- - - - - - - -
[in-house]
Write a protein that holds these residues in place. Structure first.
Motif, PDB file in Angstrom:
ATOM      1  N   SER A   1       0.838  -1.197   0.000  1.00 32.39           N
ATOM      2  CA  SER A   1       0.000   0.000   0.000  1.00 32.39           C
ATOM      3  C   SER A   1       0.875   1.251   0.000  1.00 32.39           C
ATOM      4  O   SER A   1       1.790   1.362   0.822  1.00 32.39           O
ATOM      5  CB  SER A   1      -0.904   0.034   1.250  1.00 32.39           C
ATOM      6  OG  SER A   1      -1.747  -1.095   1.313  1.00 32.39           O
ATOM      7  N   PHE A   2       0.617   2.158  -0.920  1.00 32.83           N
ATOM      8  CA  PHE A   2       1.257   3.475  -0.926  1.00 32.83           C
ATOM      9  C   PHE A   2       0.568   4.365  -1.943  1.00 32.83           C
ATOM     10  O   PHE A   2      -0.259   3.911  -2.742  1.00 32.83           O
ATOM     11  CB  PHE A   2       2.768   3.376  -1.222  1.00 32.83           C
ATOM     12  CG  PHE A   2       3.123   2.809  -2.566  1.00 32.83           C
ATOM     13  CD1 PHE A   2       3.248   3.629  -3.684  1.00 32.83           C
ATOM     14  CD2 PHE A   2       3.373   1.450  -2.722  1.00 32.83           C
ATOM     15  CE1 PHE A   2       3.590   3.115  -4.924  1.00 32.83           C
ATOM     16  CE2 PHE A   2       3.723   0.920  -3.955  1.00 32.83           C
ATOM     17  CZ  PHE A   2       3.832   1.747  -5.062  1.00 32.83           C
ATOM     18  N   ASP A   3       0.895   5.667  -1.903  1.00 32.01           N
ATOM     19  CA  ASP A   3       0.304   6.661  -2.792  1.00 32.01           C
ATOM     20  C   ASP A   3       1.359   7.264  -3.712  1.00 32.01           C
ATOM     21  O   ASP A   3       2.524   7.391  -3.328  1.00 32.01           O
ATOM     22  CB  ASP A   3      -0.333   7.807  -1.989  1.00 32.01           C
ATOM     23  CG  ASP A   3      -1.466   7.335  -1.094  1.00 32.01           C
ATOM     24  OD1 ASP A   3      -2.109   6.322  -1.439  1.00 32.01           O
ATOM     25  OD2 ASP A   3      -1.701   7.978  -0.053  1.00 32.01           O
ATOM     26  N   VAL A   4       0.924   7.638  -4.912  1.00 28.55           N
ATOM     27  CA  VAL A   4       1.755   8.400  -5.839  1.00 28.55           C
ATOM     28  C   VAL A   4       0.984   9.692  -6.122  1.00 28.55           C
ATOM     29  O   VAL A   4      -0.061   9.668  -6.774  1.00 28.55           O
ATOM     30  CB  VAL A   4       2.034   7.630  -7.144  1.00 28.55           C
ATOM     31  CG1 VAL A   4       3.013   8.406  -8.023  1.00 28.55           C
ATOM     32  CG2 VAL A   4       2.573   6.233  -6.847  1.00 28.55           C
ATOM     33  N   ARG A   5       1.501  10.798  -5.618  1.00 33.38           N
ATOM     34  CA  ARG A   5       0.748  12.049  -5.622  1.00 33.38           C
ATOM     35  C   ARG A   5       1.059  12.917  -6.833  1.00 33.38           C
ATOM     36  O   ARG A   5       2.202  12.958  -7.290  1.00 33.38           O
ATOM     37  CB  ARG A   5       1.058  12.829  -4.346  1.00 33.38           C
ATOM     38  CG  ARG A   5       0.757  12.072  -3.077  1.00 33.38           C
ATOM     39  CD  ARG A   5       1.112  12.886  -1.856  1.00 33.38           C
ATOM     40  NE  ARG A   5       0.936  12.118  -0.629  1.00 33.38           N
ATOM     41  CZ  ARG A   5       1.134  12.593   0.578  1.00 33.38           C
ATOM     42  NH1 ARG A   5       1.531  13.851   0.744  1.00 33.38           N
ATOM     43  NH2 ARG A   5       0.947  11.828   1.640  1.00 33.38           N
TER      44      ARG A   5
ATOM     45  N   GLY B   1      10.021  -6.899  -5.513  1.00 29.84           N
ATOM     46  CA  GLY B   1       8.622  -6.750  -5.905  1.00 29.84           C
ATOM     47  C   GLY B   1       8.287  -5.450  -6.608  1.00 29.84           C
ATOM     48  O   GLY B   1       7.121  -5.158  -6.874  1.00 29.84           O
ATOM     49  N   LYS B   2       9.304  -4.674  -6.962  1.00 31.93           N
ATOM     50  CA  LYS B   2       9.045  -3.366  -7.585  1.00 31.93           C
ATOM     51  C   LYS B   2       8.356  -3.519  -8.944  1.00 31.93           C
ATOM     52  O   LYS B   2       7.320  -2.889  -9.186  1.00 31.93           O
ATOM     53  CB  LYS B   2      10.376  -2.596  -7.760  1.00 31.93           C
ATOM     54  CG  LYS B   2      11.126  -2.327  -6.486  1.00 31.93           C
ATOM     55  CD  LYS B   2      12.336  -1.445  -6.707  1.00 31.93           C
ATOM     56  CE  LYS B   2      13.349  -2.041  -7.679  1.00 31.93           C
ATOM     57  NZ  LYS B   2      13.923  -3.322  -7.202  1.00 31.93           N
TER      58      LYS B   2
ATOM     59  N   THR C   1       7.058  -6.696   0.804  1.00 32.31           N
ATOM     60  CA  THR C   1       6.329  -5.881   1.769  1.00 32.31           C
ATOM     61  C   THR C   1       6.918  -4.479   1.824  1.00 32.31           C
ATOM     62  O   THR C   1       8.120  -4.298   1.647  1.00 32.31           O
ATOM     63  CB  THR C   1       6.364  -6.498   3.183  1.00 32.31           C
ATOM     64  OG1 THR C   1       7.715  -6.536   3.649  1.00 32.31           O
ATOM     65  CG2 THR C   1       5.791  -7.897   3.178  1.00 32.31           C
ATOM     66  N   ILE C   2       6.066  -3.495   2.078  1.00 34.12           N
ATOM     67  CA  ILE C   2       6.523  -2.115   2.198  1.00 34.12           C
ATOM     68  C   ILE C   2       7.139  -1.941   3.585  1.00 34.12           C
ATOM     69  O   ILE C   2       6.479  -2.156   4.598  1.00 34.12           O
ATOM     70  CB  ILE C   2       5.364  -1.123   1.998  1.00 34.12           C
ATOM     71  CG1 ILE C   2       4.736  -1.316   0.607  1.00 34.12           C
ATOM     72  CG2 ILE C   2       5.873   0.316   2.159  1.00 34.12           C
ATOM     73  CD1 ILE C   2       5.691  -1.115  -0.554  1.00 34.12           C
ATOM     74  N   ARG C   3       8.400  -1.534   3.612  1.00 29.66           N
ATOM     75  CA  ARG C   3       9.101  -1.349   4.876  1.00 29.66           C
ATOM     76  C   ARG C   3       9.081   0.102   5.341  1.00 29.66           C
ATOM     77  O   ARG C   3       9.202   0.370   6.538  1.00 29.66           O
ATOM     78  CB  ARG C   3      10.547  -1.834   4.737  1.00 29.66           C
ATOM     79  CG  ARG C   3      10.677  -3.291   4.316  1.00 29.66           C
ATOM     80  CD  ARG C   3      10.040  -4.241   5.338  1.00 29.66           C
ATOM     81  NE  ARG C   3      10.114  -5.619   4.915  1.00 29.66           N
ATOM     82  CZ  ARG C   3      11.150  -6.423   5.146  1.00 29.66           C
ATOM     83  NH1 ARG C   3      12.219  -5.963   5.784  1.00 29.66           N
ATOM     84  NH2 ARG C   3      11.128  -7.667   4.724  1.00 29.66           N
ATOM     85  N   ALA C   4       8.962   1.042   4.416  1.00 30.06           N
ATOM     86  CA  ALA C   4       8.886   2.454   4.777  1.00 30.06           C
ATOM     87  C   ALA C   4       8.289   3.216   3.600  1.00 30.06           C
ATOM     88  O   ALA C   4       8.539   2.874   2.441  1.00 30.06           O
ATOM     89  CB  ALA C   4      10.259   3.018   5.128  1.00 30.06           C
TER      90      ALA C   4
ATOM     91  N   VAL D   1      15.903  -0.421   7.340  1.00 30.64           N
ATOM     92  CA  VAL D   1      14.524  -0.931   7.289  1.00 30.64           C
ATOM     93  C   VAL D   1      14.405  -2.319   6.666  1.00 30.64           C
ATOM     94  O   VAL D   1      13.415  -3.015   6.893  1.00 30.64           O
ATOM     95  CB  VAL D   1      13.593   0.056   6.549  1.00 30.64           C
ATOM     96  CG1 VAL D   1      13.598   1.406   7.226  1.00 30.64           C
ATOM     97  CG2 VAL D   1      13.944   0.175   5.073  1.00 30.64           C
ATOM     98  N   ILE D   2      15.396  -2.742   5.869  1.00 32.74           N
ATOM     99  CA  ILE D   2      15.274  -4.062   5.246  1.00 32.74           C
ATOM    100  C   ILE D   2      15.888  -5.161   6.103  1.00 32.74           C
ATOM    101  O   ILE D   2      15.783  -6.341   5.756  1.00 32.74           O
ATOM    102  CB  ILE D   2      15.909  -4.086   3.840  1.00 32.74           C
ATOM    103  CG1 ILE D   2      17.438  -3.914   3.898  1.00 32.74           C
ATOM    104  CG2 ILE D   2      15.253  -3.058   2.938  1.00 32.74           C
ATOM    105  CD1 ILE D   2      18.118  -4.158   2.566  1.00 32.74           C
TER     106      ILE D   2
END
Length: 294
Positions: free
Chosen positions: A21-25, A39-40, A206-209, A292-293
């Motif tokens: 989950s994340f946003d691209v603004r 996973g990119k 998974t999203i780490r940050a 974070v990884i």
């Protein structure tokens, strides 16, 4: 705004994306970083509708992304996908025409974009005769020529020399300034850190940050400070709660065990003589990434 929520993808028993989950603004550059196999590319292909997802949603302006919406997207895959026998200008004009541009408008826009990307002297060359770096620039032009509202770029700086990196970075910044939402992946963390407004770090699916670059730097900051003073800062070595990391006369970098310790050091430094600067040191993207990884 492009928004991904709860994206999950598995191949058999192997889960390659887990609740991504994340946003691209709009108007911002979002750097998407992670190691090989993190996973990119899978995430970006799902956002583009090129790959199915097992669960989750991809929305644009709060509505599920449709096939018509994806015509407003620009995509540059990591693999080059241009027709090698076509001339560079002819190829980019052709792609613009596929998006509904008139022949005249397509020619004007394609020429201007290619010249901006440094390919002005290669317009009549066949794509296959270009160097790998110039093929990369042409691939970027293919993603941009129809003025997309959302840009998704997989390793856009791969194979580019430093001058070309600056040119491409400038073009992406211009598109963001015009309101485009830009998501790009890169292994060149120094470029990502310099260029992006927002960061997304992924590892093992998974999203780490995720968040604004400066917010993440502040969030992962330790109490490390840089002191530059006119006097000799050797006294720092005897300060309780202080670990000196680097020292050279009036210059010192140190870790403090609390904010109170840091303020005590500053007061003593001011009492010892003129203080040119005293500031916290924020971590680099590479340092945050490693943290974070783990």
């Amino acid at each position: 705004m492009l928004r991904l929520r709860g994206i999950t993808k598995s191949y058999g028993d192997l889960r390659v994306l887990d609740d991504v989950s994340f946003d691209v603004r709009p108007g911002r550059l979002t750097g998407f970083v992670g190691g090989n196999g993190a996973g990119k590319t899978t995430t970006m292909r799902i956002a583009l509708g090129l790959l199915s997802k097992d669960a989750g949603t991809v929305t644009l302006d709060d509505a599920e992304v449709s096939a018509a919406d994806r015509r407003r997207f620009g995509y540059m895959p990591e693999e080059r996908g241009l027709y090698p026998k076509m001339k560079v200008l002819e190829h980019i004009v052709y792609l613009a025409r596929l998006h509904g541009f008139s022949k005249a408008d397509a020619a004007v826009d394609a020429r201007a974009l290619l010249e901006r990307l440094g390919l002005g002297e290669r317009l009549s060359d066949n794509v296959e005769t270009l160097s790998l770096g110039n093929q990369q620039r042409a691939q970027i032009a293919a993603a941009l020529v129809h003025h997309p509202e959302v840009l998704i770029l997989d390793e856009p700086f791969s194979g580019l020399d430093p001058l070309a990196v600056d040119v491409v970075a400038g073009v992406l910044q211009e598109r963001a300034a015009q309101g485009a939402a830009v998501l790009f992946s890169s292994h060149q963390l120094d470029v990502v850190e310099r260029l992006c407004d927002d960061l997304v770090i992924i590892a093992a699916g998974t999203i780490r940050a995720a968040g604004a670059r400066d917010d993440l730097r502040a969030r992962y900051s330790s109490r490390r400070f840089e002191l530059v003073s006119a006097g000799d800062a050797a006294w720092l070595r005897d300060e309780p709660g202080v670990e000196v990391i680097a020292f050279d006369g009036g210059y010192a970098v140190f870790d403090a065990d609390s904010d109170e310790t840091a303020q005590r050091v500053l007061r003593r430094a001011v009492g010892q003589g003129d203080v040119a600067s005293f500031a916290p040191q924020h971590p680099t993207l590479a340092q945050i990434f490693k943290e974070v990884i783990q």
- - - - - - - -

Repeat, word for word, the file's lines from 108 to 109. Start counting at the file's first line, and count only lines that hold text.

ATOM    105  CD1 ILE D   2      18.118  -4.158   2.566  1.00 32.74           C
TER     106      ILE D   2